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When do you it is time to buy a new car and stop repairing your old one? Buy or Repair?

Okay, this may be not just a car question but also a marriage therapy question… My husband loves his 1999 Mercedes ML320 with ~150K miles. but my gut tells me that it is time to junk this car and move on because the repair bills are piling up, Brakes, Water Pumps, Tires, joints, Steering fluids… i don’t even know what I am saying. He claims that the engine is still strong and we can still run this car for a long time. I sort of had it with this car - so on Valentine’s day, I sweetly asked him if he could get any car, what would he buy now… because i thought it would have been super cool to run out and buy a car for him and tie a big red bow on it… well, he wants the same car - a NEW ML350 which I later found is between $50-60K, yikes! It was a no go then.
The repair bills are $3000 here, $4000, there, $1800, for blah blah. I feel that we should have and could have gotten a new car by now, but he insists that no matter what we spend now on the car it is still cheaper than getting a brand new Mercedes.
So, my long winded question is - WHEN DO YOU KNOW IT IS ENOUGH and TIME TO MOVE ON?

I faced the same problem. We had a 1978 Oldsmobile Cutlass with the 4-4-2 trim package that my husband purchased new in Occtober of 1978. I had a terrible time getting him to give up the car. I finally succeeded after 33 years in October of 2011. We were talking to our neighbor and he told us that the dolly he uses to tow his car behind his RV was stolen from the driveway. I said that if he found the thief to please send him over to our house to steal the Oldsmobile. The neighbor then asked if we would like to sell the car. Before Triedaq could get in a word, I said “yes”. I did promise Triedaq that he could spend the money from the sale of the car for anything he would like to have. I think he is looking at audio equipment, but as slowly as he moves, it will be another 5 years before he picks out what he wants.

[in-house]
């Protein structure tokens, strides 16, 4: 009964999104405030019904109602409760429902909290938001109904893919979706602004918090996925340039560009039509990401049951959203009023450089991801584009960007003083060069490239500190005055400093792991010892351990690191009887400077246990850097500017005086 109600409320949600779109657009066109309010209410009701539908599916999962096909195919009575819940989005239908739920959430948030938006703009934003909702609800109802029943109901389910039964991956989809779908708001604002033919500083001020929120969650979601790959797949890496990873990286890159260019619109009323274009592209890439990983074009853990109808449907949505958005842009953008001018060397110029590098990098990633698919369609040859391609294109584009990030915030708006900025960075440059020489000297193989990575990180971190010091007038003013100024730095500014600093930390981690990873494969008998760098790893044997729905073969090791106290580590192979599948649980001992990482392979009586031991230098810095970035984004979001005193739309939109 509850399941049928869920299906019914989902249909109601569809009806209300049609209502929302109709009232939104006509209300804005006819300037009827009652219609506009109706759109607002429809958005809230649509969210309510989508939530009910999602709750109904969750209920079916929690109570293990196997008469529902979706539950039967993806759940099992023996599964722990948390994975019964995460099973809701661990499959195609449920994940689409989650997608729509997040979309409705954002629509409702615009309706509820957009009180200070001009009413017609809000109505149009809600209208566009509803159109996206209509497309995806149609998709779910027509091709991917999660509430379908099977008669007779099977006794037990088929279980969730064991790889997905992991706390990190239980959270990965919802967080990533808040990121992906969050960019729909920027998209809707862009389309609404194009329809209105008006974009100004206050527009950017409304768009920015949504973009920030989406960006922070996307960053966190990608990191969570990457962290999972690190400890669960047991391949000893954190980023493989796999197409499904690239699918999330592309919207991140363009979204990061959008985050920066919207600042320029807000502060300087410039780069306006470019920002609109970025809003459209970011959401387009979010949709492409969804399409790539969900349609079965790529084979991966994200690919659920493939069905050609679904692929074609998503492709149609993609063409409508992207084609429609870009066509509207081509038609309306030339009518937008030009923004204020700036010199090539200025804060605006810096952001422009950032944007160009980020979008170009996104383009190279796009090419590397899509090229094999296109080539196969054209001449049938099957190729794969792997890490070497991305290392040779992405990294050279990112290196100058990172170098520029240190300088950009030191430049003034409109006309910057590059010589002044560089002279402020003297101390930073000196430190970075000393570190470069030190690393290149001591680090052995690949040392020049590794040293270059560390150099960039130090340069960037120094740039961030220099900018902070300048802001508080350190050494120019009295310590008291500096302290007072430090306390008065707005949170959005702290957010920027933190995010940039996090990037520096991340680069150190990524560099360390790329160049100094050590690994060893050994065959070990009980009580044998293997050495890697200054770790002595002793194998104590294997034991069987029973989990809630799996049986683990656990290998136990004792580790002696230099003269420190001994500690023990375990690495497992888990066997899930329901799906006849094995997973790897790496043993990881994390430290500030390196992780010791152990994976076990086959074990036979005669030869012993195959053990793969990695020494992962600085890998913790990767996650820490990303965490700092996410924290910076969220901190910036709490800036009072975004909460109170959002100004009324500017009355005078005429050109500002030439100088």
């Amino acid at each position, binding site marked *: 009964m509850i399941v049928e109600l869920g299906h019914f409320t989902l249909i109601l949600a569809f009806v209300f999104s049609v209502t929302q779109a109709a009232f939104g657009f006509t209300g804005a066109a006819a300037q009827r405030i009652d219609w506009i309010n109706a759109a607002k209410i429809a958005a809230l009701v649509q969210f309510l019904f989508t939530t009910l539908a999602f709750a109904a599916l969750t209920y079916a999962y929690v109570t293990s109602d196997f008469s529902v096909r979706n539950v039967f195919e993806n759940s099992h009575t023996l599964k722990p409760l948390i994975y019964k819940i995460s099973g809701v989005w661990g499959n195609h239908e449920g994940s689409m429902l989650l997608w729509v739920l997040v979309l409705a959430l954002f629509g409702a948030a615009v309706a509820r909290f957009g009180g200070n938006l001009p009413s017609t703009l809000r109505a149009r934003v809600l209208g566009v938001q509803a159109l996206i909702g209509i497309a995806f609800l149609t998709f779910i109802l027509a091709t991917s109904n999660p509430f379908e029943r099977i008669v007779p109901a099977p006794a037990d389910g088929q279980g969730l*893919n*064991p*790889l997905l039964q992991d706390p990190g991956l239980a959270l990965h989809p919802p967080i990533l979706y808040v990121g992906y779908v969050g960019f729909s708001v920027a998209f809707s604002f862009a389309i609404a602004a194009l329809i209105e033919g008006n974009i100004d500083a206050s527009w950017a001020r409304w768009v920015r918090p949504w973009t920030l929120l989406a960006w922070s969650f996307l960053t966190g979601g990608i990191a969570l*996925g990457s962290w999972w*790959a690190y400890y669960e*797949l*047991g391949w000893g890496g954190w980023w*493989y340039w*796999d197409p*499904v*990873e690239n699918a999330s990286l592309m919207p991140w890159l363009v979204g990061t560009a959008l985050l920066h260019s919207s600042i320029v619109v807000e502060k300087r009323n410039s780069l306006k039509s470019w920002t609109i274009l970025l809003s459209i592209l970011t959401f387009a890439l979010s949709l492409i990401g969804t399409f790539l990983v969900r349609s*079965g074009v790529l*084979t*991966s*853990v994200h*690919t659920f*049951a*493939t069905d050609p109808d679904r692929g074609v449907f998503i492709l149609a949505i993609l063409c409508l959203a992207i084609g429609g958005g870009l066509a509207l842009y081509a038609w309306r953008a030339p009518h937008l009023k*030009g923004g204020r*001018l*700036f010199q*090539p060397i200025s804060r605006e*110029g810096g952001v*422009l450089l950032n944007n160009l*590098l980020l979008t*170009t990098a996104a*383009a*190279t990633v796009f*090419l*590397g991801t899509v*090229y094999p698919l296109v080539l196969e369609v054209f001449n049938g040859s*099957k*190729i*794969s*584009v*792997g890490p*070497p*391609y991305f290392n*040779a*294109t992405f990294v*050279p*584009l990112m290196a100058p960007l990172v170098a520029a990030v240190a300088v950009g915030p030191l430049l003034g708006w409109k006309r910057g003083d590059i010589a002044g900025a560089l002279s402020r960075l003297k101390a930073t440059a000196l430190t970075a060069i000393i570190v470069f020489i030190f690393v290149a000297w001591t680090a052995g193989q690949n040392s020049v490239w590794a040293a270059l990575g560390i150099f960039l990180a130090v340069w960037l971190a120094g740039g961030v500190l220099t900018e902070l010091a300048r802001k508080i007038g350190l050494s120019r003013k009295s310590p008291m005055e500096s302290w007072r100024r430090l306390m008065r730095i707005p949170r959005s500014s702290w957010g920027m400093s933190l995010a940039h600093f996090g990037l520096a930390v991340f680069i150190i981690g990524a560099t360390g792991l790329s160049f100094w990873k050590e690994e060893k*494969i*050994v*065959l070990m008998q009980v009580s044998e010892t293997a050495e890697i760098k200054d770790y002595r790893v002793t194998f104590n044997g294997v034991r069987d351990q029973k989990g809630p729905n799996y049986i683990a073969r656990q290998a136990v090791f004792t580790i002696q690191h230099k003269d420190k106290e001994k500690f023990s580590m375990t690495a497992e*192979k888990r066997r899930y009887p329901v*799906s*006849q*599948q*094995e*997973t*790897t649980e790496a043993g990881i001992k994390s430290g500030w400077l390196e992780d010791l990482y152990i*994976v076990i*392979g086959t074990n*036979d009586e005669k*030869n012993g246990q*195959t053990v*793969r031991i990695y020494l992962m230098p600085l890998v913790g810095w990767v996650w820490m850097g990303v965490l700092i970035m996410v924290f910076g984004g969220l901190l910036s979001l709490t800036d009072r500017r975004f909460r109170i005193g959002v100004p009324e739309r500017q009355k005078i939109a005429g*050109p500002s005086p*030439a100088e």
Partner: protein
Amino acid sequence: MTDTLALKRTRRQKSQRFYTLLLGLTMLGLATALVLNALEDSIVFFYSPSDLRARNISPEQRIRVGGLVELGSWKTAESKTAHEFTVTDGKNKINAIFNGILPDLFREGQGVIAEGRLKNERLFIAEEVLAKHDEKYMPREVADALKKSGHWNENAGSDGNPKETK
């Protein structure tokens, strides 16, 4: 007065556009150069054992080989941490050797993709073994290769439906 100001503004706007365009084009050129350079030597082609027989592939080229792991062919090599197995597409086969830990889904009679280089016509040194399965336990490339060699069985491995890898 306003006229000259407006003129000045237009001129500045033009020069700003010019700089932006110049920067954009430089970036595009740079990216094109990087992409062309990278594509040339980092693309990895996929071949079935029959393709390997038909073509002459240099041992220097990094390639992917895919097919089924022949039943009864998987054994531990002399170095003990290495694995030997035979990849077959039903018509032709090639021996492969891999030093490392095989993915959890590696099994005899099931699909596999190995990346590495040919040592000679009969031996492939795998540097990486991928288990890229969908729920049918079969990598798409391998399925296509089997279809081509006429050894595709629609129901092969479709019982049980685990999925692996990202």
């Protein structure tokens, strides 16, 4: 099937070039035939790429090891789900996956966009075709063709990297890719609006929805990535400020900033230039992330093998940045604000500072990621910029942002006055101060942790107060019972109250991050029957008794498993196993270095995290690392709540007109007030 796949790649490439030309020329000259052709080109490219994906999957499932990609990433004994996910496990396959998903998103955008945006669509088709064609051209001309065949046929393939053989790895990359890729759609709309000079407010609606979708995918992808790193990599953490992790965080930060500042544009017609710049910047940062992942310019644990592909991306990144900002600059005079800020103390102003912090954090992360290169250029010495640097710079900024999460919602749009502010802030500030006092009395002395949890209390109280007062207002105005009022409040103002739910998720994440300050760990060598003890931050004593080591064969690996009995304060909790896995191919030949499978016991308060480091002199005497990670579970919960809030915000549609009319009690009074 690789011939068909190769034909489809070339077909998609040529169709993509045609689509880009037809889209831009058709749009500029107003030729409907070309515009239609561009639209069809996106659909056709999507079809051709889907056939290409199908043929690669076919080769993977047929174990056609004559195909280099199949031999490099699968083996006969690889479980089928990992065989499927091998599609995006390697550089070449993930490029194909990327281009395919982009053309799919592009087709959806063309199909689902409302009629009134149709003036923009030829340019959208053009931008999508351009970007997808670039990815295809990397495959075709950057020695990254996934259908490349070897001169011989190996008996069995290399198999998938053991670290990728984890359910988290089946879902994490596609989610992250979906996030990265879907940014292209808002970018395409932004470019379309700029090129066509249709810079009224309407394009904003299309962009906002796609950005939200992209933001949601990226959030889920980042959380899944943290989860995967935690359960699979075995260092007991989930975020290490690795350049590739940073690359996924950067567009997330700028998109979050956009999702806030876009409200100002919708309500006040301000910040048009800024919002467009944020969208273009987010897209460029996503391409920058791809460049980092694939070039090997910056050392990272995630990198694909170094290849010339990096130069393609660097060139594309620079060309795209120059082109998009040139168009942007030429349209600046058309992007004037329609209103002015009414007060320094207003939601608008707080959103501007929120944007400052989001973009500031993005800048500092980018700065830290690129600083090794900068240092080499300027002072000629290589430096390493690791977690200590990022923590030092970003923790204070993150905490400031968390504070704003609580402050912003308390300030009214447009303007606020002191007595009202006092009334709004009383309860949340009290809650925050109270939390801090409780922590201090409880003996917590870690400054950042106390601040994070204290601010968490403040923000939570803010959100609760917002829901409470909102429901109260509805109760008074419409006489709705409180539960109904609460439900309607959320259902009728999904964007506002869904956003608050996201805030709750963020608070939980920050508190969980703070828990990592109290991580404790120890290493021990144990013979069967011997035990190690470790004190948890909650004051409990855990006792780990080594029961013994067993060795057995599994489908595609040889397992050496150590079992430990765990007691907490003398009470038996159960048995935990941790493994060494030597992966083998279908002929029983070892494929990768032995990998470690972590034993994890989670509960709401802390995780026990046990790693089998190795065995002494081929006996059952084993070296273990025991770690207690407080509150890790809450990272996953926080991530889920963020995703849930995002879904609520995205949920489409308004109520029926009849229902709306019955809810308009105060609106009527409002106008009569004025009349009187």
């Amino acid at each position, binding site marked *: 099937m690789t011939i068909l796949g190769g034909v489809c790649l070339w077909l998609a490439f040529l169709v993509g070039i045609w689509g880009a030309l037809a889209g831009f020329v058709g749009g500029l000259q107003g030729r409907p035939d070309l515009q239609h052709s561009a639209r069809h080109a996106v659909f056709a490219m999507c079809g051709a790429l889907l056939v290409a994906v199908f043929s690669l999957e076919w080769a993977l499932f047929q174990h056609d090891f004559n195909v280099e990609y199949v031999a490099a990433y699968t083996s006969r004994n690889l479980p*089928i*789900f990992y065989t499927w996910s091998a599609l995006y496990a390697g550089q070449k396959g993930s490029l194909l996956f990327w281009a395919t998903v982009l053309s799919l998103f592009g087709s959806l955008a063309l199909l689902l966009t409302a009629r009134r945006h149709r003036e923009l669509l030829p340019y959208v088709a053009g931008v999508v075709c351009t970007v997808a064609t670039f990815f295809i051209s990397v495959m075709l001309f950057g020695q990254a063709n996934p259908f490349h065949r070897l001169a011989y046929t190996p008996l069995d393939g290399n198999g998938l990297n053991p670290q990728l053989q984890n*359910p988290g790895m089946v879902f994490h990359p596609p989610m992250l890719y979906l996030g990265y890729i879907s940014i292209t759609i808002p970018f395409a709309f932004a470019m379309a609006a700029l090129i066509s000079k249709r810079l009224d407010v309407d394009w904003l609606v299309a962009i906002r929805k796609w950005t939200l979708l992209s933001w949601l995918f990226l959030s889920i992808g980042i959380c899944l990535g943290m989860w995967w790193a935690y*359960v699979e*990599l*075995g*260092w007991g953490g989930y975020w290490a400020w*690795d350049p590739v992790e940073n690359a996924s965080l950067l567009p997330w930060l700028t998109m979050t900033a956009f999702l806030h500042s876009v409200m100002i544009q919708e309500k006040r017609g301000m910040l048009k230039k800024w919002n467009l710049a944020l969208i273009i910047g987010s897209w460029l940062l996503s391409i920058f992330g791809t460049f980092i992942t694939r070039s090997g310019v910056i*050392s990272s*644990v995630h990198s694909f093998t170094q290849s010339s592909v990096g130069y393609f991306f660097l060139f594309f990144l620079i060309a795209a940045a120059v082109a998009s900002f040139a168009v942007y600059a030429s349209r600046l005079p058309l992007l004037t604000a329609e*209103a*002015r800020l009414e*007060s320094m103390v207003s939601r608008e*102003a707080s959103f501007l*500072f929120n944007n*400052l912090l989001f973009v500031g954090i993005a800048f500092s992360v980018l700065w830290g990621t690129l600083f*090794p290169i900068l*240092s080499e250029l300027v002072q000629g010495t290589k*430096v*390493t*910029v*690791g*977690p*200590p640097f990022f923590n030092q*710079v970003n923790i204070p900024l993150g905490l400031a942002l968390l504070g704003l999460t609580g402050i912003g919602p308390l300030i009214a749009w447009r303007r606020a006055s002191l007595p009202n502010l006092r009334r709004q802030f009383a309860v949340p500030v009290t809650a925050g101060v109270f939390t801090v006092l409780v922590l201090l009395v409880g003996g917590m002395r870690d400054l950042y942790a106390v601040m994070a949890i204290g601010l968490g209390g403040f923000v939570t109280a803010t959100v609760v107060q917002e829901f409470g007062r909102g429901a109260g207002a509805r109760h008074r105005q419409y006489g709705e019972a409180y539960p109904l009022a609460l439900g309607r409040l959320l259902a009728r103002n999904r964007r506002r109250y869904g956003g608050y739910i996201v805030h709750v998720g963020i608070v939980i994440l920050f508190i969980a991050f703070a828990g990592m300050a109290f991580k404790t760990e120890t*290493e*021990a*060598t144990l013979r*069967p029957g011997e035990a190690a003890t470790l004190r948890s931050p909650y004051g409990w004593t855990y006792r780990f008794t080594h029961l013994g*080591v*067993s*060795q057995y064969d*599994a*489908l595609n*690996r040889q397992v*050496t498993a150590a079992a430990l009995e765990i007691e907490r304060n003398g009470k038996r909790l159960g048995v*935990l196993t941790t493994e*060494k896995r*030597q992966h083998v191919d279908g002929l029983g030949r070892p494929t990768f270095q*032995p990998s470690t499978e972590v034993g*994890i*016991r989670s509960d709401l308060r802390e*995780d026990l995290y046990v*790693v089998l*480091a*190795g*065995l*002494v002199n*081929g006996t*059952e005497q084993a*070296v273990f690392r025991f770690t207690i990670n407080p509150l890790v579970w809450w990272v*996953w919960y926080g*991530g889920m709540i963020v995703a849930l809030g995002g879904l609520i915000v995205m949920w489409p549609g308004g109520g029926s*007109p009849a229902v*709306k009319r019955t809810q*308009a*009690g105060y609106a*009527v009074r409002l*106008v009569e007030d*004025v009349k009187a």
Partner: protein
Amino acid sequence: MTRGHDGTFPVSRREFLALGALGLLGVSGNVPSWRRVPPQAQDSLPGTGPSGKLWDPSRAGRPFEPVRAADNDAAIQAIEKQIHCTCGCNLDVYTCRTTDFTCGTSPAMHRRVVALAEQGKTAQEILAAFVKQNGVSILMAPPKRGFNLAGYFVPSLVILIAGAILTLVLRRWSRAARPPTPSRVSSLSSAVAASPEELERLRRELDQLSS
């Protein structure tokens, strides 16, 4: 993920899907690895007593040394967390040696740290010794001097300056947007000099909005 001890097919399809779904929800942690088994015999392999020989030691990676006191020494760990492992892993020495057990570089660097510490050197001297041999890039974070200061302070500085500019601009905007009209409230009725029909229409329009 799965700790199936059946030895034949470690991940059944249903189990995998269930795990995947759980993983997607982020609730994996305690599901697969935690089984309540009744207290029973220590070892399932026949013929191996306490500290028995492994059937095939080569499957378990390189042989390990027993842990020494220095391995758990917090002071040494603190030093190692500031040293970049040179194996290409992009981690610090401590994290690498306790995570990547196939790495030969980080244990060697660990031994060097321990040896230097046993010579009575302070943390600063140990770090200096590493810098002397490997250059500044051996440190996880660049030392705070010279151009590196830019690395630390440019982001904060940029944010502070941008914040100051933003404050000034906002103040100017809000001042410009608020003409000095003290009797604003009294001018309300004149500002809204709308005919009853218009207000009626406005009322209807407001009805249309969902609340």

I almost had the him convinced to give up the car ten years earlier in 2001. I refused to ride in the car. Unfortunately, Triedaq had gone out with a friend and my car wouldn’t start. I took the Oldsmobile on an errand and Triedaq happened to see the car going down the road. I couldn’t use that ploy anymore.

Mrs. Triedaq

A car’s history of repair costs is the best indicator of its future costs. It’ll get worse; it won’t get better. Add up the repair costs for the past year and see if they equal or exceed the costs of getting a Mercedes replacement vehicle. Without those details, it’s hard to guess.

It seems that you and hubby have a very different opinion of your budgetary constraints. It’ll probably cost you more to keep the current car long-term, however a new Mercedes is, as you discovered, a budget buster too.